Susan Hill 1-thumb-225x324-9092This blog has merely touched on Susan Hill’s work and impact. I encourage you to read more about her legacy. In addition, NARAL Pro-Choice North Carolina invites you to join us for our 5th Annual Spring into Action: an evening in honor of Susan Hill. Dr. Willie Parker, one of two heroic doctors who travel to Mississippi’s last remaining abortion clinic to provide abortion care to women across the Deep South, will be this year’s keynote speaker. Like Susan Hill, Dr. Parker is unrelenting in his commitment to helping women and families, even in the face of grave danger.​ We will also present the 2015 Susan Hill Award to Dr. Ward Cates for his work his work as a researcher and tireless champion for access to safe and legal abortion care.

For Women’s History Month, we honor Susan Hill for establishing clinics across the South in the most underserved areas, protecting the freedom of women, and fighting for access. In her work, she encountered countless obstacles and faced personal danger, including death threats and harassment. Yet, she kept working! She kept working for the freedom of all women. Like Susan, we must keep working. Let us honor Susan and her legacy through our work.

Women’s History Month Highlight: Doctor Rebecca Gomperts

Anna Lobastova, Co-President of the Reproductive Justice Club at ASU and Appalachian State University Senior

According to the World Health Organization (WHO), 21.6 million women experience unsafe abortions every year and 47,000 of these women die as a result of complications that arise from these procedures. Within both feminist and human rights discourses, safe and legal abortion is often regarded as an essential right that allows for people to preserve their health, economic stability, and bodily autonomy in the face of an often-desperate situation. However, not every country in the world recognizes legal abortion as an essential right that it is, leading to the colossal amount of injuries and deaths cited by WHO.

rebecca-gompertsDr. Rebecca Gomperts saw these global violations of human rights happening firsthand in her experience as an abortion provider. After spending time as a doctor on a ship for Greenpeace, she made the connection that there was a possibility for expanding international access to safe abortion without violating national laws or sovereignty. In 1999, she founded Women on Waves, an organization operating out of the Netherlands that sails around the world, providing services such as non-surgical abortion, contraception, and reproductive counseling on their ship. Because they operate out of international waters, people are able to obtain access without having to risk legal action that their country may otherwise impose on them.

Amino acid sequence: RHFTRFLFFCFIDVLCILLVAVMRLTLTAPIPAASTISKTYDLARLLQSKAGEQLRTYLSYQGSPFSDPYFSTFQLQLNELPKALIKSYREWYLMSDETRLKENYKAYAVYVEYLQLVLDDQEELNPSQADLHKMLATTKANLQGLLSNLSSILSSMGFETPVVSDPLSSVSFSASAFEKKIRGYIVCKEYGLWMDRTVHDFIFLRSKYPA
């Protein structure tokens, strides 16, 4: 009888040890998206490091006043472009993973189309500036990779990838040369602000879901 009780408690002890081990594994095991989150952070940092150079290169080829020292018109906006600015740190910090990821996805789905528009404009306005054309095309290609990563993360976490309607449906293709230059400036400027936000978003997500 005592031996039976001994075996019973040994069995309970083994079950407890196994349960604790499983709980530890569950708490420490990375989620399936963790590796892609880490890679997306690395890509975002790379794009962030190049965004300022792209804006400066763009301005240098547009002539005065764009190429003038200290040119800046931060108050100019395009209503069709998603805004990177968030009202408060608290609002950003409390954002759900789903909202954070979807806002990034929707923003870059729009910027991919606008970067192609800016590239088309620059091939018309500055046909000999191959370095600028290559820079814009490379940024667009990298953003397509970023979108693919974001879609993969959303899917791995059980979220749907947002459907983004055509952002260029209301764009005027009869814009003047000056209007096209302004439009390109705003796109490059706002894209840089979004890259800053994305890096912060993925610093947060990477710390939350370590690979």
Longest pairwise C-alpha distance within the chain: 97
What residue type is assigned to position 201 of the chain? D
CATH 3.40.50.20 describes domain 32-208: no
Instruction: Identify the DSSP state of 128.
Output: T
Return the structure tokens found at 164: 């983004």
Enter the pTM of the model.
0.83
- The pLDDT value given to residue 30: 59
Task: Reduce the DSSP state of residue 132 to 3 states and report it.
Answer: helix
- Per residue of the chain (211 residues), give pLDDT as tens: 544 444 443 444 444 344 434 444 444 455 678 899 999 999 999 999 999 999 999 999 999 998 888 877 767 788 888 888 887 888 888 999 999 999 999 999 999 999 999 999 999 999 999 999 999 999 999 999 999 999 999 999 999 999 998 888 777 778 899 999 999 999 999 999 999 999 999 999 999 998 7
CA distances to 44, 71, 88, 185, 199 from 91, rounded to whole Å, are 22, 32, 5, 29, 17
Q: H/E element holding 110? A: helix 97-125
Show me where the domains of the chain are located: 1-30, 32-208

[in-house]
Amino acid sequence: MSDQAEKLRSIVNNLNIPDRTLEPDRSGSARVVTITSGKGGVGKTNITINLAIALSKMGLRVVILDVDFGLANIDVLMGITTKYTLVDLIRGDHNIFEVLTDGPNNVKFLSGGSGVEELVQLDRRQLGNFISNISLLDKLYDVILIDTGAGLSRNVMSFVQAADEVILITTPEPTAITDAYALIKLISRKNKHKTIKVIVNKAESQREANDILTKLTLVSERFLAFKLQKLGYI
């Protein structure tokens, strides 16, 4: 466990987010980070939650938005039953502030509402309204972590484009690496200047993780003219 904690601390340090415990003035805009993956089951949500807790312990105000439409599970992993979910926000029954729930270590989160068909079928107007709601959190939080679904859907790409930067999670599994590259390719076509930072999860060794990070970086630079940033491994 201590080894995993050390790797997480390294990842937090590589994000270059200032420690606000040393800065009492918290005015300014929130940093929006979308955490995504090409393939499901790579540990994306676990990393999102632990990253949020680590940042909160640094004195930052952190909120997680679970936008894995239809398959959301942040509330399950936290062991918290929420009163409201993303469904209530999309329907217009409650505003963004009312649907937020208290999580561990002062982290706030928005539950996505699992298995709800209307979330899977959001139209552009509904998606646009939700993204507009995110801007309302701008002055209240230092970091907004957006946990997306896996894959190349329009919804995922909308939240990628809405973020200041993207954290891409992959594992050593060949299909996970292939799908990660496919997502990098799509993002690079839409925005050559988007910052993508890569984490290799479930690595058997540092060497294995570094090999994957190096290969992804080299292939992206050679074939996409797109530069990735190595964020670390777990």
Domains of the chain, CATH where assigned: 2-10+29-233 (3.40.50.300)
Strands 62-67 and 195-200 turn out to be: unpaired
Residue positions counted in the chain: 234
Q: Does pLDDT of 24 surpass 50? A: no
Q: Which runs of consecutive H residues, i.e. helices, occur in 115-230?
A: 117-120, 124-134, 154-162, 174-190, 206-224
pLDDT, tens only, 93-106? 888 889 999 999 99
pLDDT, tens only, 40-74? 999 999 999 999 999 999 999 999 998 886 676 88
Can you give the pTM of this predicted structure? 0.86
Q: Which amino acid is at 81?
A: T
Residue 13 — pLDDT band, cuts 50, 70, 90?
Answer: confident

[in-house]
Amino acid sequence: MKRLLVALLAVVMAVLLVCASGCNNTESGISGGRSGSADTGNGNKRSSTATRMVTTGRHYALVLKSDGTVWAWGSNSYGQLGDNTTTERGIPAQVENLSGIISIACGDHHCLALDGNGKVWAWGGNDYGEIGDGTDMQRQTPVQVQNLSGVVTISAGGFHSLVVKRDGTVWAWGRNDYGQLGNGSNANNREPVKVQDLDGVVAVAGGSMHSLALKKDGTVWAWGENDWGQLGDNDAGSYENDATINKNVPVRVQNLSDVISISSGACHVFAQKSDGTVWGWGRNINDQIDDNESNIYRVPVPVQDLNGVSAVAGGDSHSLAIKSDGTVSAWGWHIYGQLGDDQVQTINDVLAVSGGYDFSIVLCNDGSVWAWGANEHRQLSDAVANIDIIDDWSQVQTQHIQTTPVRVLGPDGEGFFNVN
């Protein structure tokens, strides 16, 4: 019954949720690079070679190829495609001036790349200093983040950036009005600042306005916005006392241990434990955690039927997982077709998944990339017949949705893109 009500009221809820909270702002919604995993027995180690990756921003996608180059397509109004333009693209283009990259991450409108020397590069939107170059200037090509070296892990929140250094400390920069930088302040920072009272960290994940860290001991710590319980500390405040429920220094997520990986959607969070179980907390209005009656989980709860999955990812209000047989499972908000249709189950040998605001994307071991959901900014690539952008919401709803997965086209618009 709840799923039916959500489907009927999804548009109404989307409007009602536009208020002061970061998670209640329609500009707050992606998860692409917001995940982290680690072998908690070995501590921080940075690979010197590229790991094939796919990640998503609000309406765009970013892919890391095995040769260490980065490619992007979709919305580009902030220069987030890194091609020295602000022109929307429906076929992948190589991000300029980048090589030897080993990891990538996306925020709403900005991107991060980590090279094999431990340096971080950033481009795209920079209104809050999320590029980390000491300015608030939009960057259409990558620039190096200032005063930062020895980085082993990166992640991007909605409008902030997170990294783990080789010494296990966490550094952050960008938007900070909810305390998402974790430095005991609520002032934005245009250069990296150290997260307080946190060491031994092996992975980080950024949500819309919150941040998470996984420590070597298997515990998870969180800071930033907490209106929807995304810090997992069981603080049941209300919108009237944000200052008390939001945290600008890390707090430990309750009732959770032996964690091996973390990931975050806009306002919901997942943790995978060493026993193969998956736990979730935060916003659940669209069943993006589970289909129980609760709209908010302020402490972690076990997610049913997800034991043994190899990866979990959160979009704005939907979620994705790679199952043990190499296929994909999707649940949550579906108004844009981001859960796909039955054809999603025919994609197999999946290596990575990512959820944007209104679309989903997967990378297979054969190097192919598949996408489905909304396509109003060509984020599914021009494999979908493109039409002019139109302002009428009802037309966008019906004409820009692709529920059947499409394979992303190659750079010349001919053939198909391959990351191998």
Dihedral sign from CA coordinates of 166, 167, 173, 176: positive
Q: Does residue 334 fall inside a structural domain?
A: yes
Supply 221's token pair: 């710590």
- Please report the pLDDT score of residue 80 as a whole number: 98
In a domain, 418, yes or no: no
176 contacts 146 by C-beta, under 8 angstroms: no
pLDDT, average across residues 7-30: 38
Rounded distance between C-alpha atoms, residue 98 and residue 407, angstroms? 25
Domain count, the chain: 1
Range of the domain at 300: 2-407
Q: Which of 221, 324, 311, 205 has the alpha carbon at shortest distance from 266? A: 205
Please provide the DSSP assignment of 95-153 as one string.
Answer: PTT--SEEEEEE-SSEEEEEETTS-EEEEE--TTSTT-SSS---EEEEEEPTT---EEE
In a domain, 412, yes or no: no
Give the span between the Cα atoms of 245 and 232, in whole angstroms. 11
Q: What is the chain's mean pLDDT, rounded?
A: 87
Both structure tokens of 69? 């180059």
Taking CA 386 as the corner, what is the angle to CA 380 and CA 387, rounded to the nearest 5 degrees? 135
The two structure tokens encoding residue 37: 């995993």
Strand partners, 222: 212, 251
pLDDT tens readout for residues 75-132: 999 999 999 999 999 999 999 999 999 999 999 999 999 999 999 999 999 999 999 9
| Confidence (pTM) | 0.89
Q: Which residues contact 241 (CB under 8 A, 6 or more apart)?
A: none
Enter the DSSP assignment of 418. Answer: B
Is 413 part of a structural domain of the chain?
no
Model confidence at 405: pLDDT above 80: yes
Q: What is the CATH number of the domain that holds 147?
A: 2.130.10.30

Currently, Dr. Gomperts is the director of Women on Waves and is an excellent example of a woman making positive change in extremely trying circumstances. Aside from the under appreciation of abortion providers worldwide, she and Women on Waves face barriers such as the cost of running their organization, the intricate planning necessary for their work, and the inevitable issues they run into with foreign governments and global political differences. When Women on Waves sailed to Portugal, they were blocked from the port by a Portuguese Navy warship that had been ordered there by the conservative federal government. In Poland, her ship’s arrival was protested with the phrase “Welcome, Nazis”– an unfair comparison that was meant to sting, given the country’s history of suffering during World War II.

Even in often-oppressive political circumstances, Dr. Gomperts and Women on Waves continue to perform their incredibly challenging but incredibly necessary work, demonstrating that the fight for reproductive justice is alive and well. With heroes like Rebecca Gomperts and her organization, the future of reproductive health access looks brighter.